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Although it falls into a couple of jaw-dropping, females-in-peril stupid moments near the end — that is, when unarmed women enter creepy cabins or dark basements knowing full well a boogeyman is on the loose — The Call for the most part is a tense, extreme-jeopardy thriller that delivers the intended goods. If a successful date movie sometimes is measured by its ability to scare girls so much that they’ll impulsively grab the arm of their male companions, then this efficiently made TriStar film should do quite nicely, for a couple of weekends anyway.
This has all the earmarks of a straight commercial assignment for indie stalwart Brad Anderson, who of late has distinguished himself more for his work on high-end cable dramas such as The Wire, Treme and Boardwalk Empire than for his features. The give-me-a-break moments notwithstanding, the film does exactly what it sets out to do — create genuine suspense about a teenager’s fate in the hands of a predatory whack job — and does so within a fresh conceptual framework.
The central character in Richard D’Ovidio‘s screenplay is a good and unusual one. Jordan (Halle Berry) works the phones at the Los Angeles Police Department’s 911 emergency call center — a large, high-tech beehive at which dozens of operators receive ceaseless urgent phone calls from people throughout the city, with problems ranging from a bird having entered the house to a murder seeming to be in the offing.
The latter is the case during the breathless prologue, in which a young woman desperately informs Jordan that a prowler is assaulting her. Cool and methodical as she has been trained to be, Jordan suddenly hears the creep come on the line and tells him, “You don’t have to do this.” She is to remain haunted by his reply: “It’s already done.”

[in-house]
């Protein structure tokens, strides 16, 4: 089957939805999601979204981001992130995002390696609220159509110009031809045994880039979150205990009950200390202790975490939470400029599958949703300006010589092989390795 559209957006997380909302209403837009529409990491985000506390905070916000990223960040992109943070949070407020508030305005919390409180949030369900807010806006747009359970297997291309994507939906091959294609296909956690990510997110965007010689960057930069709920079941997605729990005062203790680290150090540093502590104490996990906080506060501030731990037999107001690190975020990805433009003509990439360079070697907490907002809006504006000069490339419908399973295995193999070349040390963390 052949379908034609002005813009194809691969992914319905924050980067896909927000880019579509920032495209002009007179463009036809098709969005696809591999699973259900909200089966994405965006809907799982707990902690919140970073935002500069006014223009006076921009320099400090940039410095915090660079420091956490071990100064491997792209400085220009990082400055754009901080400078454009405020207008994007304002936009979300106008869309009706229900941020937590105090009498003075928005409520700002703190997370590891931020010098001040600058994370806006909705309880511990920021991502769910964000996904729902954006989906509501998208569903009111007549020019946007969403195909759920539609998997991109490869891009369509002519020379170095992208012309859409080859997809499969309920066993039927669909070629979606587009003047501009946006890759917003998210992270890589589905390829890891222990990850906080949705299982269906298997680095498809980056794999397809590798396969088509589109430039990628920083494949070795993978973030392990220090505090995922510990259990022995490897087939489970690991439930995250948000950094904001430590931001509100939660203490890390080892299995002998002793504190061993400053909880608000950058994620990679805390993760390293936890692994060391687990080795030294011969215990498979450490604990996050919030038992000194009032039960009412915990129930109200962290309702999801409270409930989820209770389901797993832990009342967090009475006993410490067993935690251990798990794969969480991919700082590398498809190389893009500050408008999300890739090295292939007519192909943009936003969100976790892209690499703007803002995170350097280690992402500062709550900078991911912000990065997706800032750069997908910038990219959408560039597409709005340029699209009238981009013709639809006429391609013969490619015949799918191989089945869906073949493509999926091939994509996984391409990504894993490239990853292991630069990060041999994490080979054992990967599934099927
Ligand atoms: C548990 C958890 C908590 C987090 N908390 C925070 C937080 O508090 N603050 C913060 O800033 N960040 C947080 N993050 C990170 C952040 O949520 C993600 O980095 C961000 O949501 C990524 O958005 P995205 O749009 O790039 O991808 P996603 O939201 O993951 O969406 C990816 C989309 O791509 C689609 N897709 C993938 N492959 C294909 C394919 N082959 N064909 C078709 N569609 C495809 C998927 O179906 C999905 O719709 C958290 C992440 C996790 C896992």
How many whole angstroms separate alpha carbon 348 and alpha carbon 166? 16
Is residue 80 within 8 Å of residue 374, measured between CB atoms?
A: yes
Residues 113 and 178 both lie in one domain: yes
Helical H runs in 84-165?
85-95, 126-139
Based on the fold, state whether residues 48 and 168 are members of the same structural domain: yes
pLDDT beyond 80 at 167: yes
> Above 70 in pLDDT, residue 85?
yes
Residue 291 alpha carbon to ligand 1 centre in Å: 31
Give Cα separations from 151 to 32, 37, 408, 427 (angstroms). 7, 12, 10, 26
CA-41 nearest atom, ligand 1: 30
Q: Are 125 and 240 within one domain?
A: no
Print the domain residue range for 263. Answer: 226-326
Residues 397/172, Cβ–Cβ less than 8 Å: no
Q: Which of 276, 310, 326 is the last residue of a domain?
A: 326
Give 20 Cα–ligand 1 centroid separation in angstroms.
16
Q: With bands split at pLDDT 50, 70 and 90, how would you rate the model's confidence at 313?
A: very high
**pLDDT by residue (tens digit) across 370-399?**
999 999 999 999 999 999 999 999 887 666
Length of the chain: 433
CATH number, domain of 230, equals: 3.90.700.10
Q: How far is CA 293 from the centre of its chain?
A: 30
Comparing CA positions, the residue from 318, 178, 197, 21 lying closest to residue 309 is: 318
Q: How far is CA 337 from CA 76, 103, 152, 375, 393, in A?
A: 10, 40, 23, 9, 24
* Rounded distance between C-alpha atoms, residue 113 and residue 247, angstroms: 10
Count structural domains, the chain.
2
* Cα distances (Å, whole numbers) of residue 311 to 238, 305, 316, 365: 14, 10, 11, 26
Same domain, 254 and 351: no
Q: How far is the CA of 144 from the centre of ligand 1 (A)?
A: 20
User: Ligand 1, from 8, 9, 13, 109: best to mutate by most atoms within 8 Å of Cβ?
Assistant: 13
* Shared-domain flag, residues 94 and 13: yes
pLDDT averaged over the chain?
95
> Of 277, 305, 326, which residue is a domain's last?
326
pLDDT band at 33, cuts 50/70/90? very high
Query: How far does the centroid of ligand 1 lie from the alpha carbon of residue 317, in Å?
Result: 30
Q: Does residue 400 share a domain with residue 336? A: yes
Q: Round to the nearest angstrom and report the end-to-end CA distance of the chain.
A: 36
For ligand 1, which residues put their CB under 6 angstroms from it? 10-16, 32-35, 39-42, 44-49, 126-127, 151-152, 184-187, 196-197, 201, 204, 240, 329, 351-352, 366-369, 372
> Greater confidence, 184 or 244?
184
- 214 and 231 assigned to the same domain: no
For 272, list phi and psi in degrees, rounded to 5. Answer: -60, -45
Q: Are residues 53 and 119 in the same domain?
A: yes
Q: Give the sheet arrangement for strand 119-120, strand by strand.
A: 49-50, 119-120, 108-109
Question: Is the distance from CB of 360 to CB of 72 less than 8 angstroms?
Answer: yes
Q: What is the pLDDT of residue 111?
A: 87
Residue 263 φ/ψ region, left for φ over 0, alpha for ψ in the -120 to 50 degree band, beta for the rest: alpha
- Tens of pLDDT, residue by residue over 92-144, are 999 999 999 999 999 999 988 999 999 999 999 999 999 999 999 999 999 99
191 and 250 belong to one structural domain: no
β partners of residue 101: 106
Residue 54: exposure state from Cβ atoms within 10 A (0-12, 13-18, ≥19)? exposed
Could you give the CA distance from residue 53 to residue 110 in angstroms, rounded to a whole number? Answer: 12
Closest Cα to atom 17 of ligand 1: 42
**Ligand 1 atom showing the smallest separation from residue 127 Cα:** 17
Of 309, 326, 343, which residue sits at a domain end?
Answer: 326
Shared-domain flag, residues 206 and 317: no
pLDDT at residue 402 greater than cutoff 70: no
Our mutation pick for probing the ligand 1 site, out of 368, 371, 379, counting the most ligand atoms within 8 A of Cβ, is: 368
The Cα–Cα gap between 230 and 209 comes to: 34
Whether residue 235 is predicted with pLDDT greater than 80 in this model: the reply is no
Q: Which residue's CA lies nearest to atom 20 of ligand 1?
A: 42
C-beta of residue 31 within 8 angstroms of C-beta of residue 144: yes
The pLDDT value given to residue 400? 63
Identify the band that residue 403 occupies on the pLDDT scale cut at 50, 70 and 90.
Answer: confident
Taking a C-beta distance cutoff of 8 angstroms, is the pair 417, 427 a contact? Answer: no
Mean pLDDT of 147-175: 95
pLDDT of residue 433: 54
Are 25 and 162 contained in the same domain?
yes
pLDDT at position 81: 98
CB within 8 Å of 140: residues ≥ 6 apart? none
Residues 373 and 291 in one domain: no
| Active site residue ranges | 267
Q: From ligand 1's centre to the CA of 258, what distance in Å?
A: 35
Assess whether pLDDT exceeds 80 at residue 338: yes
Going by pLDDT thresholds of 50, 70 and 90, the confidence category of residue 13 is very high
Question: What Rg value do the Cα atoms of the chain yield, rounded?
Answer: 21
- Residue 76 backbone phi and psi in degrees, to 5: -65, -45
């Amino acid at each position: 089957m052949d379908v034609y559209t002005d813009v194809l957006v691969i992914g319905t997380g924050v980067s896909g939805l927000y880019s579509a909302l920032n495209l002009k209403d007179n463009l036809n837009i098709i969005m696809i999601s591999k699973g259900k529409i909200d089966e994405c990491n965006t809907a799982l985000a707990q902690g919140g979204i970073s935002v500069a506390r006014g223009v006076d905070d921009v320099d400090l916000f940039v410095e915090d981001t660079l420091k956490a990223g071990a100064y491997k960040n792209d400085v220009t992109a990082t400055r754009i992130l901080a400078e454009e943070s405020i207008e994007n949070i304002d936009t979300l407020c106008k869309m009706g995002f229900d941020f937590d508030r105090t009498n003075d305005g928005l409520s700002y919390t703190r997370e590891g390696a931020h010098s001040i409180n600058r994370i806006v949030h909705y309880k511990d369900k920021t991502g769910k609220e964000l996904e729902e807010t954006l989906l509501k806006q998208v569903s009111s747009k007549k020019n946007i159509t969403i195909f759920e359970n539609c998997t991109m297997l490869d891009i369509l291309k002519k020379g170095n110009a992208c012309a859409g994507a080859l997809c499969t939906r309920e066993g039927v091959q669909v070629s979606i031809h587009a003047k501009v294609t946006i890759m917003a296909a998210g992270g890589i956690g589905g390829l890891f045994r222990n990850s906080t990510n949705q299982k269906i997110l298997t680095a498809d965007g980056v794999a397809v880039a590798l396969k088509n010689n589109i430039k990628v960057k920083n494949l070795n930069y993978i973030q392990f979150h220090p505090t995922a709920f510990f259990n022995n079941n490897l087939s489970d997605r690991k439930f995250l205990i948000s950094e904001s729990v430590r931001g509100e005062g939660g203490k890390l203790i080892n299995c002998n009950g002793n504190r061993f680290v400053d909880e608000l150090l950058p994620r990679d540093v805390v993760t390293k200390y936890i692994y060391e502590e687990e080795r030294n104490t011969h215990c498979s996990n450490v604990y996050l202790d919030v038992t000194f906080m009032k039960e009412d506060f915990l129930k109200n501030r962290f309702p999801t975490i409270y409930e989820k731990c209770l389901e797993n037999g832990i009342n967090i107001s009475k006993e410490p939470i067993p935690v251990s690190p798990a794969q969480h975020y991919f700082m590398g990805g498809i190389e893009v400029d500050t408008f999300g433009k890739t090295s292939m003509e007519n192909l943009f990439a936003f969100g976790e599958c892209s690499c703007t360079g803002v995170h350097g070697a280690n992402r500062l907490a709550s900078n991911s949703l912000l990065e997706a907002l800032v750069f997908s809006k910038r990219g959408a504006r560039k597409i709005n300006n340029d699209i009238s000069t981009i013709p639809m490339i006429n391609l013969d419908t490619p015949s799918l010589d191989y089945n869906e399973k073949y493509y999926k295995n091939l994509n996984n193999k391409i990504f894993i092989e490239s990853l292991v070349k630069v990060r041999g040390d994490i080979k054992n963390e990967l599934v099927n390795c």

Undone by her failure to stop this crime, Jordan goes off the phones and switches to briefing applicants for the type of job she formerly had. Her two rules to live by are, “Stay emotionally controlled” and “Don’t make promises.” However, when it appears that the same madman is at it again, she’s drawn back in to try to advise another teenage blonde, Casey (Abigail Breslin), what to do now that she’s a captive with a cellphone in the trunk of a moving car.
There’s no mystery about who the bad guy is; Michael (Michael Eklund) is a sweaty, raving lunatic who, after trapping Casey in a mall parking garage, is bent on taking her to a place where he intends to do something very, very bad. While the police desperately try to trace the phone call before the battery runs out and Michael drives out of downtown to points north, Jordan guides the captive through some successful ploys, such as knocking out a brake light from the inside and pouring some handy paint out the back to draw attention, which ultimately forces the maniac to pull over and deal with an observant limo driver (Michael Imperioli), who’s too curious and solicitous for his own good.
The constant back-and-forth between the 911 center, Casey’s severely restricted perspective and the highway pursuit by squad cars and helicopters gives Anderson plenty of opportunity to create suspense both through the successes and failures of the prisoner’s strenuous efforts and the calibrated cross-cutting occasioned by the ongoing chase.
Some of the best moments come when the driver must stop and confront others while Casey struggles to make her presence known. But the film loses some traction — and provokes a chortle or two — when they leave the road and finally arrive at the destination, said isolated house and cellar where serial killers do what serial killers do, from before Psycho to after The Girl With the Dragon Tattoo. As always, it’s a question of how long the nutcase dawdles in preparation for the big event and whether the savior can get there in time to stop it. The film has been smarter than this up to now and disappointingly descends from the intriguing world of the emergency operator to the cliched realm of the twisted villain.
Up to the denouement, Berry delivers a focused, emotionally honest turn as a woman whose profession is far more taxing and draining than the norm; Jordan shouldn’t need to become an action heroine. The virtually unrecognizable Breslin must spend most of the running time crying and pleading while cooped up in the trunk, no doubt a taxing assignment, while Eklund delivers the creep factor in spades. Morris Chestnut plays Jordan’s supportive cop boyfriend, and asking Imperioli to play a well-intentioned good guy creates some interesting colorings for a brief role.
Downtown L.A. and San Fernando Valley locations are well used, and production values are solid on a budget.
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